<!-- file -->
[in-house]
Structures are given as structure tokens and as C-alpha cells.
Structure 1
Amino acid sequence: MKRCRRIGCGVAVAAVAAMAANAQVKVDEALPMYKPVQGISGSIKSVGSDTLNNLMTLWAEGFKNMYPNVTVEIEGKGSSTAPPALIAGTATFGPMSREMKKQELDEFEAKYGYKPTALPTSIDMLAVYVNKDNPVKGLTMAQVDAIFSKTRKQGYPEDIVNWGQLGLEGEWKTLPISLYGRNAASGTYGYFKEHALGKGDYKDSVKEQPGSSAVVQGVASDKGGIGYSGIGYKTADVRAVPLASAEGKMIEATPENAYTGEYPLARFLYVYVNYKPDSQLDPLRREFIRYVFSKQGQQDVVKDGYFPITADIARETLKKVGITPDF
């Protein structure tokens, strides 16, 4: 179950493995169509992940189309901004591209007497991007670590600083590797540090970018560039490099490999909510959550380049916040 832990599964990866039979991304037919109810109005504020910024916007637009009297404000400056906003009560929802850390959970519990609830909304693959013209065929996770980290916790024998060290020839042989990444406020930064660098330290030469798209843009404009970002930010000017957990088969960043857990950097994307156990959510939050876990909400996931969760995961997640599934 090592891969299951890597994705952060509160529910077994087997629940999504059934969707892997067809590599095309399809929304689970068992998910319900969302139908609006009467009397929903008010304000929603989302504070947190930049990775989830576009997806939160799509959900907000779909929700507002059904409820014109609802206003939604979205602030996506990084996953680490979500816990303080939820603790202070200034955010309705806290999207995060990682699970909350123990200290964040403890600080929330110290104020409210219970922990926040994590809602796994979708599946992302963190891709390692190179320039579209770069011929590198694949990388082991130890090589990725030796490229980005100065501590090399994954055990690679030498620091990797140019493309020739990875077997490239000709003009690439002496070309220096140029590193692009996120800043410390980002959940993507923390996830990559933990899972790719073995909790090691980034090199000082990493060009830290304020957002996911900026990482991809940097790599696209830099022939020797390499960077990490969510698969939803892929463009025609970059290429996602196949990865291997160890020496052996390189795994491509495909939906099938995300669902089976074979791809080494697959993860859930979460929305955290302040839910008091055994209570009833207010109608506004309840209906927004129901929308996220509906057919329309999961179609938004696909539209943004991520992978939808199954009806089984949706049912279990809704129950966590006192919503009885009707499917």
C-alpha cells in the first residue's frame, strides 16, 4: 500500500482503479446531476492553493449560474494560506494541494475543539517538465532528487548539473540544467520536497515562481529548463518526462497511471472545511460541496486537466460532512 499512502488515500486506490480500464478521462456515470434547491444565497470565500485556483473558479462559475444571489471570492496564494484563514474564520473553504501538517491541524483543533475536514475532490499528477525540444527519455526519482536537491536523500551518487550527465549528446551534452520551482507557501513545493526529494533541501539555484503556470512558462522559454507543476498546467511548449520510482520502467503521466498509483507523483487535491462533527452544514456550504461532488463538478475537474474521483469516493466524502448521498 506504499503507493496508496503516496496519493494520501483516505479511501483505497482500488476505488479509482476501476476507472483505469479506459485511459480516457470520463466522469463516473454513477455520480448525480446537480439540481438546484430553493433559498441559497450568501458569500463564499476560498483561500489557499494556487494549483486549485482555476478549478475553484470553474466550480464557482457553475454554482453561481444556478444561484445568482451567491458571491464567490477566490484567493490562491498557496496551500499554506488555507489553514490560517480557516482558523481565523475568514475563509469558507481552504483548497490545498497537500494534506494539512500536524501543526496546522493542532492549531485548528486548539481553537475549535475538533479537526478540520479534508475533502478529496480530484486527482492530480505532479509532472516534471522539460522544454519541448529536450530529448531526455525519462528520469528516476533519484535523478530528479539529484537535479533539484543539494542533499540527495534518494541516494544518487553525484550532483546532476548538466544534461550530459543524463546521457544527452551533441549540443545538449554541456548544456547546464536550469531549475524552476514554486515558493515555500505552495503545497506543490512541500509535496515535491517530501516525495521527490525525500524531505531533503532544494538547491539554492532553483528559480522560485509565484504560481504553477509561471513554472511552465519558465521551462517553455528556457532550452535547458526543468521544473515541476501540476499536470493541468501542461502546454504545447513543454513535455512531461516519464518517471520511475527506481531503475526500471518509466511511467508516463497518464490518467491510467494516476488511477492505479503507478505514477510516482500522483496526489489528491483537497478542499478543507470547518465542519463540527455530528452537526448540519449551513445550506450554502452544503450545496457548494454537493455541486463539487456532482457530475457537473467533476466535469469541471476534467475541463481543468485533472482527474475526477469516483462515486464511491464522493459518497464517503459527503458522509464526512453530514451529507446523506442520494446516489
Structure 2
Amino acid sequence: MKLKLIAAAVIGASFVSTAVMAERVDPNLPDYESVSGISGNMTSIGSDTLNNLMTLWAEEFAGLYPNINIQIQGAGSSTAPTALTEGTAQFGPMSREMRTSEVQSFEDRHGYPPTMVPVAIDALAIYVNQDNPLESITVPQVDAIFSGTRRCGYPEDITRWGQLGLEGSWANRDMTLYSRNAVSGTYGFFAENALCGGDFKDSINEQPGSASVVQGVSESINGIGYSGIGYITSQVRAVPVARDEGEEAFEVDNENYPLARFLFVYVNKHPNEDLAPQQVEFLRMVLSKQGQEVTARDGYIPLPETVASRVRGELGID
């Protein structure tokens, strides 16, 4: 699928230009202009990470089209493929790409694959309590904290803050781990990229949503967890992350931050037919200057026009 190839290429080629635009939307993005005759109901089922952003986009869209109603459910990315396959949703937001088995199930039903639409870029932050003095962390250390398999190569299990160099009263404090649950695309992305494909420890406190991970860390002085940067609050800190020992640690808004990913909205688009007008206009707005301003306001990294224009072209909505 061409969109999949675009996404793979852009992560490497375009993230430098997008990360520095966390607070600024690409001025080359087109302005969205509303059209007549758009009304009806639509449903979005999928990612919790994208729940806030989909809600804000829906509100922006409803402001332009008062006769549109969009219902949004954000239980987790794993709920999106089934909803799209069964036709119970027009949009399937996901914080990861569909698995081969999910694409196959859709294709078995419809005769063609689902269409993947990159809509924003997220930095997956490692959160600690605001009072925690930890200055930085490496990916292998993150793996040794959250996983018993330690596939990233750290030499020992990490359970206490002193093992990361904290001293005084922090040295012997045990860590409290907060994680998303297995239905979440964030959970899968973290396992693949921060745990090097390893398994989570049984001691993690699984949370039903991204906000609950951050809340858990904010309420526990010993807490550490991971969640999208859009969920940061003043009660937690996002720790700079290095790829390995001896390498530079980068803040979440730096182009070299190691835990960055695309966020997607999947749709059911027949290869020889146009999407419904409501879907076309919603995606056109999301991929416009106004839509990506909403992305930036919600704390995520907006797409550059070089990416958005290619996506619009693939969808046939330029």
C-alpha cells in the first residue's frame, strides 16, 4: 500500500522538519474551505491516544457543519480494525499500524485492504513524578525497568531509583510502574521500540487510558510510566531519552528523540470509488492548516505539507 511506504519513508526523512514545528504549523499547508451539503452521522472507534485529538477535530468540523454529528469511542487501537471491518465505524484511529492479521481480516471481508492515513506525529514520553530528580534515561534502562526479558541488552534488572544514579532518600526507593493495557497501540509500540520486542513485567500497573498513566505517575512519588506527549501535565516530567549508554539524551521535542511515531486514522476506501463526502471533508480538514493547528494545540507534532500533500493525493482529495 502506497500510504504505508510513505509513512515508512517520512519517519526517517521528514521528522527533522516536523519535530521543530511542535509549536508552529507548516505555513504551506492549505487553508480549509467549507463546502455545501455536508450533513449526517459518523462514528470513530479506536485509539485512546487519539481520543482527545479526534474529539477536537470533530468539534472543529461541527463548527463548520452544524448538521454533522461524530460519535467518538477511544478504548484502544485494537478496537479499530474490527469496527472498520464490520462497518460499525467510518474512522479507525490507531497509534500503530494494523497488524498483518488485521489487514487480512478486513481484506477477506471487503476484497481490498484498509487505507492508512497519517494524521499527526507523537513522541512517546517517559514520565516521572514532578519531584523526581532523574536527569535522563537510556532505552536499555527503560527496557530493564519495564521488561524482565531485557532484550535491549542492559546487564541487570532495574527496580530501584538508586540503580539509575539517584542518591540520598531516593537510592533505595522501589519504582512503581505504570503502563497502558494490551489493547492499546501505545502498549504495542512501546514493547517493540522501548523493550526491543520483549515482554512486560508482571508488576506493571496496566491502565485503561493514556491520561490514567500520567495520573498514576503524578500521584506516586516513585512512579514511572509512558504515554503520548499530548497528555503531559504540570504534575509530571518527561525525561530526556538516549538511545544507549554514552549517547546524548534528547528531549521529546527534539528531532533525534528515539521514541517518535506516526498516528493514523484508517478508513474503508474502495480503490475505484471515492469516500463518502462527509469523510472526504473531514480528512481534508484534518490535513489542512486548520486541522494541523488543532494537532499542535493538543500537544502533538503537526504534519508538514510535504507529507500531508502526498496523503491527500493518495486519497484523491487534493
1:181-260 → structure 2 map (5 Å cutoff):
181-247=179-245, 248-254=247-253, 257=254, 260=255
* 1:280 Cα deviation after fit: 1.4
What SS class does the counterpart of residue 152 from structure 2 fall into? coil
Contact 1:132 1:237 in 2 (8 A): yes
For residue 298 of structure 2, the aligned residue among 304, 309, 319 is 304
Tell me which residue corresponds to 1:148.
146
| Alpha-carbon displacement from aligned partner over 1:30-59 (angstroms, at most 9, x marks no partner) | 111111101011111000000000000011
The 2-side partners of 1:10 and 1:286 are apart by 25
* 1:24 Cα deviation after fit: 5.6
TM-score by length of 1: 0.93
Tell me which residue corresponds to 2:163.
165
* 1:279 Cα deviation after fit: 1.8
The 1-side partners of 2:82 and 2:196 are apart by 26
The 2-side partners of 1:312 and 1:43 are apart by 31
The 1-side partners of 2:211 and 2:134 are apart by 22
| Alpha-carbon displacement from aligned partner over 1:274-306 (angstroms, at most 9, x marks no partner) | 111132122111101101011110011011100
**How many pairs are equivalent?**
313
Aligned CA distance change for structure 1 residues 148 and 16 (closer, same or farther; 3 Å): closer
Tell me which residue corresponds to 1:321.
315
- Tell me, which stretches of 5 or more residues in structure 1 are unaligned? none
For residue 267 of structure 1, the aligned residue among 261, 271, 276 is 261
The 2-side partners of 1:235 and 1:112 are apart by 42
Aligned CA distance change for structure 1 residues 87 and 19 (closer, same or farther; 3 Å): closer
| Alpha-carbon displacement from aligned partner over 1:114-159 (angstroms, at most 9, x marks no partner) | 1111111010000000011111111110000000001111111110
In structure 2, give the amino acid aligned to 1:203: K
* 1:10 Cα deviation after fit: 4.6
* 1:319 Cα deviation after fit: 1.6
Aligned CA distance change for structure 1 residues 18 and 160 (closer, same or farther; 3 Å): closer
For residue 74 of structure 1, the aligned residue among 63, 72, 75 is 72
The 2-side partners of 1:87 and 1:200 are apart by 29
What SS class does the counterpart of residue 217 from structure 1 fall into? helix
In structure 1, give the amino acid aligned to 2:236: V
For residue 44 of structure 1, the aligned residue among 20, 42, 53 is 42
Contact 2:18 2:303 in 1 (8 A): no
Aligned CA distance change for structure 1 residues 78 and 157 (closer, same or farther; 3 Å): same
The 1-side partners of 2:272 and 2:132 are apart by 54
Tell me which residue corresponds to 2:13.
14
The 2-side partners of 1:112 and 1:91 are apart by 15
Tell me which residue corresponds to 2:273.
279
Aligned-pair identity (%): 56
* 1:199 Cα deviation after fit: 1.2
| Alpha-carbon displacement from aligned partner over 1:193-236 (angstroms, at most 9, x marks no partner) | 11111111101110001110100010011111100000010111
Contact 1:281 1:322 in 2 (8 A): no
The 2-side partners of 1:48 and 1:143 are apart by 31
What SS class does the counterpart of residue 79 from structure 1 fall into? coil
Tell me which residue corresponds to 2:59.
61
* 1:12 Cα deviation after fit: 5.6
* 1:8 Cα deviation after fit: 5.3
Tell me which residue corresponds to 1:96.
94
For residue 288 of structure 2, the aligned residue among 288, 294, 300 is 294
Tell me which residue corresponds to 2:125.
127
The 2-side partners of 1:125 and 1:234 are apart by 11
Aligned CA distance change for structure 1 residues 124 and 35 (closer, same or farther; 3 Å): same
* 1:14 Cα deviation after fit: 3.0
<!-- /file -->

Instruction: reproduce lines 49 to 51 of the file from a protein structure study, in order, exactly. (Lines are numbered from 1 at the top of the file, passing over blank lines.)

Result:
Contact 2:18 2:303 in 1 (8 A): no
Aligned CA distance change for structure 1 residues 78 and 157 (closer, same or farther; 3 Å): same
The 1-side partners of 2:272 and 2:132 are apart by 54